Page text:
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BluePhase

Best Method to Create Terrain?

7 posts in this topic

I'm about 4 months in to the development of a game and I have some concerns involving the terrain. I've read around many forums and people seem to always say that importing terrains like .fbx or .x is a horrible idea because it takes up too much hardware consumption. I was curious to know if this is true? What are some optimal methods to make beautiful designed terrain like the ones from Dear Esther? I and a friend (Professional Architect) have been discussing of how to handle things with the terrain and we can't seem to find the solution to our problem. I thought maybe I could program a map editor that uses the XNA Primitives and use Mudbox functions like Sculpting which would enable him to make efficient terrains but is that even considerable?

Thanks in advanced!
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Found this old topic that seems to have some alternatives: [url="http://www.gamedev.net/topic/299184-a-good-free-heightmap-terrain-editor/"]http://www.gamedev.n...terrain-editor/[/url]

You can always write your own, but there's probably no benefit unless you have some specific needs that you can't find anywhere else.

In general a terrain is just a heightmap, an image where white is high elevation and black is low elevation, so you can create terrains in any image editor. However, some kind of editor where you can see the 3D version as you edit it is probably needed. Edited by Erik Rufelt
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I thought about using height maps but those are unable to make caves so it wouldn't be good for what I am trying to accomplish.
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For terrains with caves you'll need to use some sort of

- voxel system or
- terrain mesh created in a modelling program or
- a height map with some sort of system to allow mesh caves to fit in. Practically it means leaving a hole in the terrain. Typically the cave mesh has lots of stuff around the entrance so that the hole in the terrain isn't quite visible. I think WoW used this.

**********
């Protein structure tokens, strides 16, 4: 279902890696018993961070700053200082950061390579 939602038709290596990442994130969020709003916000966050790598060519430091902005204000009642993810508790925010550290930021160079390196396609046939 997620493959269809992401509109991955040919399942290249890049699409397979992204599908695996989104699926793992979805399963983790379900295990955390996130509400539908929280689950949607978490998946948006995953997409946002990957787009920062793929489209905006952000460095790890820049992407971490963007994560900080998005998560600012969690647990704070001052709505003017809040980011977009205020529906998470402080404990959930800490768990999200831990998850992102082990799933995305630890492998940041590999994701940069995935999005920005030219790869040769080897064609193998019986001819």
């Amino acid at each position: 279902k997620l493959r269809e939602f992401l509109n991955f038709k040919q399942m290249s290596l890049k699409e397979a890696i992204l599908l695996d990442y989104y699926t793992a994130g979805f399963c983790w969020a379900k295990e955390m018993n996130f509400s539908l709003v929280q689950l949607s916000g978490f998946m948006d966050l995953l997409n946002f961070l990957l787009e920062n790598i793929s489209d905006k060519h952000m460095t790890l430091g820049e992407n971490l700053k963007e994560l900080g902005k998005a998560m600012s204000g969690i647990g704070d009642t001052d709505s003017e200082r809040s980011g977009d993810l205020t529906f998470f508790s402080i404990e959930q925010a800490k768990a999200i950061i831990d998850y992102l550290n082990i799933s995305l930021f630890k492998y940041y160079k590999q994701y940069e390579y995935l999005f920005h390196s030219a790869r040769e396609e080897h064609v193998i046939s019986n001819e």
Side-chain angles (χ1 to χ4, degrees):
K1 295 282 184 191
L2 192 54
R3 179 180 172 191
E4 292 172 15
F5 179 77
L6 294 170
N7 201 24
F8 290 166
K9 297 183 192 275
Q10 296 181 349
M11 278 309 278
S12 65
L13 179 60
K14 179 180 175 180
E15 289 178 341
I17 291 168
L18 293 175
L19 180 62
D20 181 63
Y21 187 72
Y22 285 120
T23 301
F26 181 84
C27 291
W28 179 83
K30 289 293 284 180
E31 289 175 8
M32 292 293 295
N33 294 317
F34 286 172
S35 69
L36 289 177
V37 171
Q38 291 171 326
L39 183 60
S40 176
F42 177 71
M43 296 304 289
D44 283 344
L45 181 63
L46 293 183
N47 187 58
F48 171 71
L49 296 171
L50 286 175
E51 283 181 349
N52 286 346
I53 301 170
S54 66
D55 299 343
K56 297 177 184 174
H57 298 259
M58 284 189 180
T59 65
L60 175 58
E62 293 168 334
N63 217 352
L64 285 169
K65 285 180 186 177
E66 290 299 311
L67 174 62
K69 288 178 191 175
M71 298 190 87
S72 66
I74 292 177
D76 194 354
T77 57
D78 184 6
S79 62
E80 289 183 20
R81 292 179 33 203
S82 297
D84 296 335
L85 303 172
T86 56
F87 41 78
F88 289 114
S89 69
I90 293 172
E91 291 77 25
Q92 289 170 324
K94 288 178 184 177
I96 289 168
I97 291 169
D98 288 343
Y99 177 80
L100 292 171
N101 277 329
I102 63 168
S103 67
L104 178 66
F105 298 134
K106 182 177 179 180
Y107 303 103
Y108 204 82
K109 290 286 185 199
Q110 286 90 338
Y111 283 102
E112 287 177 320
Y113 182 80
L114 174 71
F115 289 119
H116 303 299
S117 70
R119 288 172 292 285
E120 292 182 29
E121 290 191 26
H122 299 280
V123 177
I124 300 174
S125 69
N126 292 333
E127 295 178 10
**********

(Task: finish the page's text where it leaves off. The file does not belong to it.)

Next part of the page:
Cheers!
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You can also just use multiple heightmaps—one for the ground, one up-side-down for the ceiling of the cave, and another one right-side-up on top of that for the ground above the cave.

In any case you will need to use heightmaps, and look into GeoClipmapping and GeoMipmapping.


L. Spiro
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Alright thanks so much for the feed back, but I am running into one more problem now. I noticed that when people connect multiple sections of height maps, seams are visible from where they connect. What causes this and is there a method to fix that?
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That should only happen if you use different levels of details for the chunks; if you are sending the same vertices along the edges of each chunk they should be seamless at the same level-of-detail.
For different levels of detail, methods are described to get around this for both GeoClipmaps and GeoMipmaps.


L. Spiro
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As I've played with multiple heightmaps in the past, I am partially against them. Independant heightmaps will have gaps at every chance, even if they use the same LOD level. Now, if we are [b]very[/b] careful about placements, those gaps will be minimal, sometimes even sub-pixel, but even this is prone to fail (at the lower level this is a direct consequence of FP computing). In general, their gaps will (1) have to be covered by ad-hoc geometry OR (2) be set up to intersect each other as opposed to just join together or (3) a super-patch terrain system will have to build ad-hoc skirts.

While (2) appears doable, none of the possibilities appear to be The Right Thing.

I'm not saying multiple independent heightmaps cannot be used. They can. And they can probably get out quite some mileage. But let's just be aware of the cons.
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